I’m a bit dissapointed but I think it will be better to wait until Girl is another 6 months to a year older and walking better on her own to do any longer hikes. I can always take her in my other baby carrier which I have no trouble with and do shorter walks, and I can also push her in the pram (stroller), on flatter, or paved tracks. This will not stop us, just change some of the things we do for a while.

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My mum came to visit us for the month of November. One thing she helped me to do was to look into some of the things for mums and children to do around our area. My favourite thing I discovered was the pool. Our pool lets parents in for free twice a week when they bring their preschoolers. Each preschooler costs $2.50. We went together in the second week my mum was here and we had a really nice time. I’ve decided to make it a scheduled thing that I do every other Wednesday. Boy hasn’t had much experience in the water and I want him to overcome his timidity around the water. Girl is really eager to explore and have fun though as she is younger. We went back last week and I know it’s going to be a great tradition. Boy is branching out already and is testing himself. He choked down a mouth or two of water today but he recovered in a flash and was ready for more. Our first time he was afraid to get in and today he was walking in the middle of the pool with water up to his chin. Here are some photos from our first trip together.

There are some parallels between learning to swim and learning to be a Christian. You aren’t just learning to swim, you are also learning to trust your teacher. When we become a Christian, we aren’t just learning how to be like Jesus. We are also learing to trust Jesus. He may allow us to stumble a bit and to choke on some water. But, he’s not going to let us drown. If we stay with Him, he will buffer our falls and give us a hand to lean on and will even hold us until we grow the confidence to swim. With swimming, I expect my son and daughter to eventually graduate from my lessons and to be able to swim on their own without me there, but in our Christian walk, there are always new lessons to learn. Our growing trust in Jesus is just as important as our growing abilities. Trust is what allows us the freedom to live without worry or fear, but instead with joy and peace in all circumstances, even in those we don’t enjoy.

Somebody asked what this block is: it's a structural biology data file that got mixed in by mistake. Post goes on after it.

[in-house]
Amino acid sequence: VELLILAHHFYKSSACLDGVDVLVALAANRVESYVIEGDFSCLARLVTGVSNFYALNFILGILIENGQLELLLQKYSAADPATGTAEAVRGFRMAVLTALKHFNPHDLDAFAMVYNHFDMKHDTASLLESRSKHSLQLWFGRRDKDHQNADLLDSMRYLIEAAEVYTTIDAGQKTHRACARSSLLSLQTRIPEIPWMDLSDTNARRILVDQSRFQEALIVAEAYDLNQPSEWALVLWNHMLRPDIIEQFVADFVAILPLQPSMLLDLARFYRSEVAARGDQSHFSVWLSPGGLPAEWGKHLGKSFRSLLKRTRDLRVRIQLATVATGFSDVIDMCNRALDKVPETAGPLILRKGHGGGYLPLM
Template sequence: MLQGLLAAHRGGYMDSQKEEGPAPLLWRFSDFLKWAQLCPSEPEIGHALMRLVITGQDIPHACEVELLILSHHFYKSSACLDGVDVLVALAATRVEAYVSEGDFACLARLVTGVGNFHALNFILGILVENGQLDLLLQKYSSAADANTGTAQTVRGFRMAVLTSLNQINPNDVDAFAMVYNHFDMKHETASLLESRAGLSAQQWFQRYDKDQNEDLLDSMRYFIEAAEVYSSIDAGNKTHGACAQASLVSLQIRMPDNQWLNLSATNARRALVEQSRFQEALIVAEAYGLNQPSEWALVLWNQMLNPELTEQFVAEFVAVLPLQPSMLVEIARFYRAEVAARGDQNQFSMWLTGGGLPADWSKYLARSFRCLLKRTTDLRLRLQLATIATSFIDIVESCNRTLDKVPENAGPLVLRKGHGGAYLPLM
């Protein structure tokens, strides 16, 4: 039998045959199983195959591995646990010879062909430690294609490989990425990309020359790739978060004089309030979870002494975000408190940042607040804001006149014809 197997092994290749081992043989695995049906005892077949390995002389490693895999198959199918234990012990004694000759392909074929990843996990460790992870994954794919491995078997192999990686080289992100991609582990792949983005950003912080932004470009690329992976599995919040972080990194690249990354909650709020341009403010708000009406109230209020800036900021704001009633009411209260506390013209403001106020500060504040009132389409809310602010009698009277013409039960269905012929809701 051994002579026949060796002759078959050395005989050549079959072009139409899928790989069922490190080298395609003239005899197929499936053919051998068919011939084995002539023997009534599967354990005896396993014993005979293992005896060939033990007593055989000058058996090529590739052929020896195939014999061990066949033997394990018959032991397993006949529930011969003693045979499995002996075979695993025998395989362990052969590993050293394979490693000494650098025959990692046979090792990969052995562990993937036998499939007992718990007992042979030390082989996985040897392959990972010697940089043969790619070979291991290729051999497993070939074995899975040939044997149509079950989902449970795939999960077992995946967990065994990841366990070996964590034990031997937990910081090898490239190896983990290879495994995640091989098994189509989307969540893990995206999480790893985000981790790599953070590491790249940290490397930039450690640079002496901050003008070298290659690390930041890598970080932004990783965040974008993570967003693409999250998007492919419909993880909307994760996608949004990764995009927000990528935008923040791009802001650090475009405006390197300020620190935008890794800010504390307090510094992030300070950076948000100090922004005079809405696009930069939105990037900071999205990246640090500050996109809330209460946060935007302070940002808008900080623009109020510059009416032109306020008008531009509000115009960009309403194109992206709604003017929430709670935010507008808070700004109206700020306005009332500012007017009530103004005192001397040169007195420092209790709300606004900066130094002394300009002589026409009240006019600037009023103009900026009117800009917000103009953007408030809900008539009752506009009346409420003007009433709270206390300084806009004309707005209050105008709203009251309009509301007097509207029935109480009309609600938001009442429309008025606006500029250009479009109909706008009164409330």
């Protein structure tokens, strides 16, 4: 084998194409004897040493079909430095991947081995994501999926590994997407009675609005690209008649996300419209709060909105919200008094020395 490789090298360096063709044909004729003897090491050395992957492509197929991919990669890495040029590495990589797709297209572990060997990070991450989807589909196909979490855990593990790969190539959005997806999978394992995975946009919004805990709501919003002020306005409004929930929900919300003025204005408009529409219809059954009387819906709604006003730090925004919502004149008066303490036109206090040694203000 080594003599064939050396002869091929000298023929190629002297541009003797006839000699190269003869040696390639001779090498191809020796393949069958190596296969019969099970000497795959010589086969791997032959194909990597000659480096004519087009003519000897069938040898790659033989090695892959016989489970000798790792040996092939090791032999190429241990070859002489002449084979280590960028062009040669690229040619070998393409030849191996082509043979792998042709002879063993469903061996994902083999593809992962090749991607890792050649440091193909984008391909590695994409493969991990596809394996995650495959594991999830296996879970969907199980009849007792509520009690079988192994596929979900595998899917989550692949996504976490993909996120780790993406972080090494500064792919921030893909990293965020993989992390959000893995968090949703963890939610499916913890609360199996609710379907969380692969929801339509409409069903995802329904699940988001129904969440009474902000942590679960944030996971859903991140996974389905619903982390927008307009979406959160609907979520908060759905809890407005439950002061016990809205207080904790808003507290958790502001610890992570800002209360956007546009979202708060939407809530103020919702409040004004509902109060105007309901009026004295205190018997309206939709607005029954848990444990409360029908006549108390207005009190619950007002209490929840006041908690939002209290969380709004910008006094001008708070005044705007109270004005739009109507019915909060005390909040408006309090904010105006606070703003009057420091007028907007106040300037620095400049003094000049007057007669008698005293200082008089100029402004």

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It was bittersweet. Moving out of the bus we had been in for a year and half. That bus had become home. Beautiful memories were made there. Life lessons were obtained. We were finally moving into ‘our’ bus, the one we had spent so much time and energy building from scratch. I was at least a little bit sad. Darren said to me, ‘I know, but soon the new bus will feel like that.’ And I knew he was right.

Our old bus

We moved in with the help of Jessica, my highschool friend that came to visit us for a month. We traveled together and had a lovely time; it was sad to see her go home. (You can see more of her blog and pictures from our trip on the links in my last few posts). When we got back to the farm where we park most of the time, it took a little while to feel really settled. Quite a lot of stuff was still in the other bus.

‘What are we going to do with all this stuff?’ I asked?’ Since, along this journey we had given away, sold and cleared so much unneeded clutter already, so that we could fit into the other, larger bus. ‘How do we still have so much?’ I asked. Then I suggested that we get a little shed or something to store the things we don’t use all the time. Darren said, ‘No, I don’t think we should. I feel impressed that we need to fit in our new bus. We need to feel comfortable driving away from here and not coming back for whatever is left.’